There are two Inspector Gadgets in this movie, both played by Matthew Broderick: the Good Gadget and the Bad Gadget. If you are 8 or under, which seems to be the target audience for this film, you will root for the Good and laugh at the Bad. But if you are old enough to go out in the lobby to buy your own popcorn you will find yourself cheering for Bad Gadget. He has terrible teeth but at least his non-stop evilness makes you laugh. He is more like the Matthew Broderick we know and love and less like Andy Griffith imitating Don Knotts.
Inspector Gadget has the feel of a movie whose computer graphics came to life and took over the art department. Computer-assisted gizmos and robots are everywhere, seamlessly layered into the live action. Rear screens, blue screens, animatronics, effects loops, rear projections – they must be a lot of fun to create but they run miles ahead of the very thin story. Again, this may feel familiar and welcoming to an audience of zero-attention-span baby sisters and brothers. Teenagers, though, as well as their parents, might have a tougher time not wishing they could say "Go Gadget Go! Lobby!"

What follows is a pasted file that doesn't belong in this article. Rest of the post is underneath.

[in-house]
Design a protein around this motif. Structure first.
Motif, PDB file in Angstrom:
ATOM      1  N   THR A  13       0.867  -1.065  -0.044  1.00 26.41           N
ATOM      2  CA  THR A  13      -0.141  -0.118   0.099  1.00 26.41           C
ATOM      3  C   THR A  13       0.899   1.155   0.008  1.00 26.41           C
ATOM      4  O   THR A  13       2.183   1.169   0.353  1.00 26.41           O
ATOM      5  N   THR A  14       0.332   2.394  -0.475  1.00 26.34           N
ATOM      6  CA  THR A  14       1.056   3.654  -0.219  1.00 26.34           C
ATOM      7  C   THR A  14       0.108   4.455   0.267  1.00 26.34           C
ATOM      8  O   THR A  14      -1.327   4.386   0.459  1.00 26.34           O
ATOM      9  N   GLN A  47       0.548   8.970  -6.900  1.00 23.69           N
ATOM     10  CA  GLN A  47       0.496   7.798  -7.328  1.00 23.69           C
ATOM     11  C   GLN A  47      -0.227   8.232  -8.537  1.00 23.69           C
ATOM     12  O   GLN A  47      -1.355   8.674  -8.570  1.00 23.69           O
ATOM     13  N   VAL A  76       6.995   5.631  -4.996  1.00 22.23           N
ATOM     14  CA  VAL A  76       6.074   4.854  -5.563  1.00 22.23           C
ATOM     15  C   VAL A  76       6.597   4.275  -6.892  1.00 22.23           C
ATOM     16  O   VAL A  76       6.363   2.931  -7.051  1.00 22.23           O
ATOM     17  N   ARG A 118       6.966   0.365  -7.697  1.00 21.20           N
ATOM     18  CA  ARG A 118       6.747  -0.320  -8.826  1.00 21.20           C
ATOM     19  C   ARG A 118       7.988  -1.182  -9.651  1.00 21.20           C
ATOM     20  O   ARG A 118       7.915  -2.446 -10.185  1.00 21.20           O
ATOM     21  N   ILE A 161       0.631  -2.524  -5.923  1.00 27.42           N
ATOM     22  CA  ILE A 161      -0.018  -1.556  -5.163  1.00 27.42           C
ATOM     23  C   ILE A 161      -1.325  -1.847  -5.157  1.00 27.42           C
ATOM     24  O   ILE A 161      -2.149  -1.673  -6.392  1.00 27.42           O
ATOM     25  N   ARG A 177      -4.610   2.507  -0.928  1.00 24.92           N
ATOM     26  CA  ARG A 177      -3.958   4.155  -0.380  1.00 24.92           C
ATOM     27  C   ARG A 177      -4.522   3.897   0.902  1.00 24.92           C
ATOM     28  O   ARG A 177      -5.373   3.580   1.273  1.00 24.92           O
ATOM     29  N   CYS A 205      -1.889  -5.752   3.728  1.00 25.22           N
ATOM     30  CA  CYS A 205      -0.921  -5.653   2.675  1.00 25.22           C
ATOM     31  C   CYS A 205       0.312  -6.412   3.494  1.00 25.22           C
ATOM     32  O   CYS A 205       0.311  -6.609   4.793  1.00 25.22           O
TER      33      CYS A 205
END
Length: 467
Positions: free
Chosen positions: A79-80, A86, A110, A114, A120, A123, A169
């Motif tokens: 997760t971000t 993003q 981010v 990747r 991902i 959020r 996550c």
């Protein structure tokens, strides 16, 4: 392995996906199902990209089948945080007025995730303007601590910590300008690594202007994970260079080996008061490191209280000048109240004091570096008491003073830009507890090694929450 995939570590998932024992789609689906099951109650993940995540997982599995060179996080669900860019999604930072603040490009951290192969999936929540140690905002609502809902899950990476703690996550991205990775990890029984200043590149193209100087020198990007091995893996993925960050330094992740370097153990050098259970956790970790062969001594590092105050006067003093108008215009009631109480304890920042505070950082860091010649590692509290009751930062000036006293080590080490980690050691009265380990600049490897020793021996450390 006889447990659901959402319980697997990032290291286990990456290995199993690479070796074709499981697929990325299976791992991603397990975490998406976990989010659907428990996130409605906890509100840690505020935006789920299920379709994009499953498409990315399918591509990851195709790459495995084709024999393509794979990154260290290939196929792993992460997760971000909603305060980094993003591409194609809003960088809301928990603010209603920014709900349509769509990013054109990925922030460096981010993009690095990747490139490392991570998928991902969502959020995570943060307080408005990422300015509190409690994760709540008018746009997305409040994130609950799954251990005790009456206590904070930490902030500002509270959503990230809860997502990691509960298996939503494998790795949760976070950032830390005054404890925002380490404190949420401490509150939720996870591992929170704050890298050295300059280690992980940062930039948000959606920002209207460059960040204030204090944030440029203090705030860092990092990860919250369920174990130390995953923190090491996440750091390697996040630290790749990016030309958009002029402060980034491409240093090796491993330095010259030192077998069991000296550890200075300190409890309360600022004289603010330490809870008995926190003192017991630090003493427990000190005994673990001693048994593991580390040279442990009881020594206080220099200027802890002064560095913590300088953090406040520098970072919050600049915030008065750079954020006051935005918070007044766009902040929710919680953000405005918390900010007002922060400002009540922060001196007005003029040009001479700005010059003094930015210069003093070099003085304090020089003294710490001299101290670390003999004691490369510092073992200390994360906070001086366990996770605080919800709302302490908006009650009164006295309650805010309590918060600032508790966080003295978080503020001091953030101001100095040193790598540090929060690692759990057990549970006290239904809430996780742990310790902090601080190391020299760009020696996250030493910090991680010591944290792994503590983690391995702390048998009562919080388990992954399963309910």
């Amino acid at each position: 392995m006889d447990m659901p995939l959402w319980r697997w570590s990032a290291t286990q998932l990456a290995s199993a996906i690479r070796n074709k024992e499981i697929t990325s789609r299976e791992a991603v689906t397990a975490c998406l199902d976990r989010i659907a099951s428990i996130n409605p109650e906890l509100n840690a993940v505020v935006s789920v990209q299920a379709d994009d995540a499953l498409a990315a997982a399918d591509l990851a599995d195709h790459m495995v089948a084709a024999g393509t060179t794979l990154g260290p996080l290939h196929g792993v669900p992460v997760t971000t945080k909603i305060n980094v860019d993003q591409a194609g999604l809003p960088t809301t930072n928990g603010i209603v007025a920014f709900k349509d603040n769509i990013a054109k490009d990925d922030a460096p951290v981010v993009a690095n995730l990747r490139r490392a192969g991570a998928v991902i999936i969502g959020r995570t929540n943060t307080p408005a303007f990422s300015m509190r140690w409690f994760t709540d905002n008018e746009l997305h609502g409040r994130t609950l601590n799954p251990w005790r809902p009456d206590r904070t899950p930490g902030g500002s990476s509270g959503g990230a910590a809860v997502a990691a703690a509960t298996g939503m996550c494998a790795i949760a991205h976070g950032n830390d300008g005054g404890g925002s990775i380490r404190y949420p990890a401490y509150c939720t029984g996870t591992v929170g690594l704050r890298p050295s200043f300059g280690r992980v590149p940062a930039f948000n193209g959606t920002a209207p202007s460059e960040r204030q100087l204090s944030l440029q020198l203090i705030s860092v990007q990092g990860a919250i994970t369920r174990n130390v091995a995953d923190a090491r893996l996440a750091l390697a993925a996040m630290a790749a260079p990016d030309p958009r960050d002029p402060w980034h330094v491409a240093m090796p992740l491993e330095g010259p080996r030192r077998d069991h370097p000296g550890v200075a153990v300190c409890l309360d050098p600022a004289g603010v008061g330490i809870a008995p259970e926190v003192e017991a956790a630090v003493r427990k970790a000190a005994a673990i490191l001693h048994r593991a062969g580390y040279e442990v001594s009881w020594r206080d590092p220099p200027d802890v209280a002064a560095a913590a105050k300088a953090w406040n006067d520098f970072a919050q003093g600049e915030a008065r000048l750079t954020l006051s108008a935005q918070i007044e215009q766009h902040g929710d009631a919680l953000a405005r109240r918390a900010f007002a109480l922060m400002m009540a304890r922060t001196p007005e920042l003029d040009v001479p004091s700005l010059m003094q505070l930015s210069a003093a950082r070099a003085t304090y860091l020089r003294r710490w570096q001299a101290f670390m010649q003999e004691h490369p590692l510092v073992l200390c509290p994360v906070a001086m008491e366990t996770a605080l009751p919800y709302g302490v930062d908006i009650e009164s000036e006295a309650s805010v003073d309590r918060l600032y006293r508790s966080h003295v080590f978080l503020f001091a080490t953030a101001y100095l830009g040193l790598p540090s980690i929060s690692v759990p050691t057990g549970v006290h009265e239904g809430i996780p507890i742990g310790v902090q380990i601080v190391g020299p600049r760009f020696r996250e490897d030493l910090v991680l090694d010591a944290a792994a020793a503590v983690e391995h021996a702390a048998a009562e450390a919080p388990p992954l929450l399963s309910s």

The cast is very good. Broderick, though limited by technological demands, is a good Good Gadget, and an even better Bad Gadget. Saturday Night Live‘s Cheri Oteri is a hysterical Mayor Wilson, News Radio‘s Andy Dick a disjointed sidekick, Dabney Coleman his eternally seamy Chief Quimby, and Rupert Everett the excellent and villainous Sanford Scolex. Less wonderful are the gadgets, particularly the comedy car with the irritating street-edged voice that begins to run into the JarJar Binks school of ethnic effrontery. There are many high-tech hi-jinx credits that need to be mentioned, among them Stan Winston’s animatronics and Dream Quest’s motion techniques.
There are some good lines: when Broderick’s security cop John Brown has had his entire insides replaced by electronics to enable him to become Inspector Gadget, he is called "Columbo and Nintendo all in one!" Bad movie fans will love it when Gadget recreates Daniel Day-Lewis’s infamous jump-off-the-cliff-scene from The Last of the Mohicans. "Just stay alive!" he cries. "Whatever happens I will find you!"
But in the end this is a small film with enormous techno-glitz. It may become a summer hit, once parents and grandparents learn they can take their children to see a wholesome film where the most profane word is "Wowser!"
For the rest of us: "Go Gadget Go! Lobby!" "Go Gadget Go! Popcorn!" "Go Gadget Go! Parking Lot!"
– Doug Konecky